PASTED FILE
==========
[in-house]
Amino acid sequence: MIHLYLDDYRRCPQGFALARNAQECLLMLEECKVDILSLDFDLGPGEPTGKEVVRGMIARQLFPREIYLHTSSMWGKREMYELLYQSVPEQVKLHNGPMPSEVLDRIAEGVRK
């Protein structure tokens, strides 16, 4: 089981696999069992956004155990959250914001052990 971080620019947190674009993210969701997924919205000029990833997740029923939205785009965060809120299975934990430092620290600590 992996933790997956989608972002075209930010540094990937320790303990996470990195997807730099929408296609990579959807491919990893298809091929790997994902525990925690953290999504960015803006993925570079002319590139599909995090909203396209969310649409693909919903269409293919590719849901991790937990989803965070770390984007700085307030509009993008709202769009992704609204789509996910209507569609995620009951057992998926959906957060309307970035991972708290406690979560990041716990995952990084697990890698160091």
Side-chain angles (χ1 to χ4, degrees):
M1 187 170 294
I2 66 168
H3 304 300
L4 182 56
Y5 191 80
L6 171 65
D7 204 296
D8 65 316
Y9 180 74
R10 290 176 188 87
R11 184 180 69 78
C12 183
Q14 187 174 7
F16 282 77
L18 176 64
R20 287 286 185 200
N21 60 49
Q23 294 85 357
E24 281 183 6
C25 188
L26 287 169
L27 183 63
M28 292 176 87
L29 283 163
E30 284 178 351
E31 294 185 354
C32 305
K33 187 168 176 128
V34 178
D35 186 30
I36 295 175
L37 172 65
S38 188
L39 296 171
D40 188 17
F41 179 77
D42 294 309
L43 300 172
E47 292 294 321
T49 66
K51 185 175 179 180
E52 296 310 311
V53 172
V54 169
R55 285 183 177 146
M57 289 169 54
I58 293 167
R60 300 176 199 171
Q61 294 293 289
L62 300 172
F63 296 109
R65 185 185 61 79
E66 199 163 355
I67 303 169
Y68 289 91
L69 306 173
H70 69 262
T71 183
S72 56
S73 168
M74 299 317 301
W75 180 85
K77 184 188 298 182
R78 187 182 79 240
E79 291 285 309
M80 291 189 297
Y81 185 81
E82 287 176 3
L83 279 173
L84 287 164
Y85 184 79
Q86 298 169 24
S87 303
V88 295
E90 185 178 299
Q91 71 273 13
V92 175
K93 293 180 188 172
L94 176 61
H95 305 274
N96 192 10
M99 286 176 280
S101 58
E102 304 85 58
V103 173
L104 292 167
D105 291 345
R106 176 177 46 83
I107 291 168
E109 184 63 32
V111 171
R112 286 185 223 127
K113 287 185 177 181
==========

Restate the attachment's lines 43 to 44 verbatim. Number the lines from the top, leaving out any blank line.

E47 292 294 321
T49 66